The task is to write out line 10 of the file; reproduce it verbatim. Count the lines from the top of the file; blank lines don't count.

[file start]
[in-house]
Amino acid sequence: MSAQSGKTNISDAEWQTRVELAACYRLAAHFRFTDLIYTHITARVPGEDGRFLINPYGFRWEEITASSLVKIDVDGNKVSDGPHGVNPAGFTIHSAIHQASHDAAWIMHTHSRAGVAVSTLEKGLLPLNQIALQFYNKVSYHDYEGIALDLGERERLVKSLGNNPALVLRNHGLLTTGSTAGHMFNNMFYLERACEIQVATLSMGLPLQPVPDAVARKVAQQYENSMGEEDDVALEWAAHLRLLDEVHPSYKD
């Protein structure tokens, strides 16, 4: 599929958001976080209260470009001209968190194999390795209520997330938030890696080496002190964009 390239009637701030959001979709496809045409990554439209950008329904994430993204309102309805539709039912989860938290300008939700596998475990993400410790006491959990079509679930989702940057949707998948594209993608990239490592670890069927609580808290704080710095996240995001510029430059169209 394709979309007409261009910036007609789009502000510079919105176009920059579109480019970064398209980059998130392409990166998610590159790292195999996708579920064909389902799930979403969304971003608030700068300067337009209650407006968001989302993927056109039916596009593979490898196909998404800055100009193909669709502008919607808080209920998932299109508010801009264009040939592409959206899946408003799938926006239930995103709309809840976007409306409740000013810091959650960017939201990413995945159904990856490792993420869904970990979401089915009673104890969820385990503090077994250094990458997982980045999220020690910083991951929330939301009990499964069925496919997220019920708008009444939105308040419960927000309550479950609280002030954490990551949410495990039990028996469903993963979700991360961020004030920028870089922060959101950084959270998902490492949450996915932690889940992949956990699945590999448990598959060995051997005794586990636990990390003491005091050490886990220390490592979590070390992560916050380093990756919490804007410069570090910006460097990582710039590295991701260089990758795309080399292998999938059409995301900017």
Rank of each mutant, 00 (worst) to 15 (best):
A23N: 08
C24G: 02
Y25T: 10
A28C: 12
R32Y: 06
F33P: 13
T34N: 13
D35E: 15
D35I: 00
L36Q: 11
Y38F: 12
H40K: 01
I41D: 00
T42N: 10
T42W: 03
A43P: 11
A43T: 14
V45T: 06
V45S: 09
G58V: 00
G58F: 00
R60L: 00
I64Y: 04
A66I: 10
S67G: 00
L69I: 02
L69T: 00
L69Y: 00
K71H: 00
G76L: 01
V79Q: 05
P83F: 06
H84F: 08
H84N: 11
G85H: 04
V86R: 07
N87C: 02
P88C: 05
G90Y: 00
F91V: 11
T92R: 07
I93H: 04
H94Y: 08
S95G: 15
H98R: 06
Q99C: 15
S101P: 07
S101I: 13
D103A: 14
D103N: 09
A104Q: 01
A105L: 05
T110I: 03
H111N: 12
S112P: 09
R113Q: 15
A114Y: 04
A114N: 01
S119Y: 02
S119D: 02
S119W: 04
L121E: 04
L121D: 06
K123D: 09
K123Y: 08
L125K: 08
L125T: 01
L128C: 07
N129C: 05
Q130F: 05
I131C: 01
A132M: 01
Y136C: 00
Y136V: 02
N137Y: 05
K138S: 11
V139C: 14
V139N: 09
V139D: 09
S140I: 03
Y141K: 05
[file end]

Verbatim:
F33P: 13